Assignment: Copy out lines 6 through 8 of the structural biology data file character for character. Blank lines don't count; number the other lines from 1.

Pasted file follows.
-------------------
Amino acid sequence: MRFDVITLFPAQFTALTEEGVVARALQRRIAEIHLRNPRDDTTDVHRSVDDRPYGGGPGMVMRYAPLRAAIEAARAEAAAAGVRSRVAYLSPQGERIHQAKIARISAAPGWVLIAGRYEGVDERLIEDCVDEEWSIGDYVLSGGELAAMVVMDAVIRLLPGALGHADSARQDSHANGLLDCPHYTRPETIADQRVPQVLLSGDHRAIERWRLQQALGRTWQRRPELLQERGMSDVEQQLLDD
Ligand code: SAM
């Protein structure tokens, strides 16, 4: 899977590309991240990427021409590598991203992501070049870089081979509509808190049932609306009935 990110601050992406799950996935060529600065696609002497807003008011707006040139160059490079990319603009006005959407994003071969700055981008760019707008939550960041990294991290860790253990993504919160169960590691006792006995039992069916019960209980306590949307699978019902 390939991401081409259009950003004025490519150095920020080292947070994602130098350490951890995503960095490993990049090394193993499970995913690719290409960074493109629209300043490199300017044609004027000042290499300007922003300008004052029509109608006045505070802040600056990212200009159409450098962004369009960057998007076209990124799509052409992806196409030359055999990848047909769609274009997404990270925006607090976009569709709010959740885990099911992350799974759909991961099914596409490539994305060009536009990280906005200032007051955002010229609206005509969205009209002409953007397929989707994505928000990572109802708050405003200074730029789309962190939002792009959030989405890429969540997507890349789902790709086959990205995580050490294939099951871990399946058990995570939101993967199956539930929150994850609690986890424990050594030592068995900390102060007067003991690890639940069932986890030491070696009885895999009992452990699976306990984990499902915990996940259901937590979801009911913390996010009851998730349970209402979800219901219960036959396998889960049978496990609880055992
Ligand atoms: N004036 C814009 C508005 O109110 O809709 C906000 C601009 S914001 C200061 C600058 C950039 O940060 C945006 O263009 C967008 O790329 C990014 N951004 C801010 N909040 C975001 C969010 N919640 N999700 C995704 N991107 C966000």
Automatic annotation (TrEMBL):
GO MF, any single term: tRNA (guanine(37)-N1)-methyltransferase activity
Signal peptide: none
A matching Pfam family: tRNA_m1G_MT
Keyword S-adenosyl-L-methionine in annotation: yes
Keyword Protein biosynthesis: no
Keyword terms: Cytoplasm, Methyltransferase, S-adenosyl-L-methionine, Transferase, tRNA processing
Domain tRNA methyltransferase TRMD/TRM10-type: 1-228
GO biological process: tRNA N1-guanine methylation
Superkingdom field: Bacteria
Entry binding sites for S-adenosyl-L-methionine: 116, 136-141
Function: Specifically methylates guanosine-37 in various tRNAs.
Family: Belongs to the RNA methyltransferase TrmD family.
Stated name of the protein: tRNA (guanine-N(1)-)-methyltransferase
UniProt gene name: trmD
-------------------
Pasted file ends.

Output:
GO MF, any single term: tRNA (guanine(37)-N1)-methyltransferase activity
Signal peptide: none
A matching Pfam family: tRNA_m1G_MT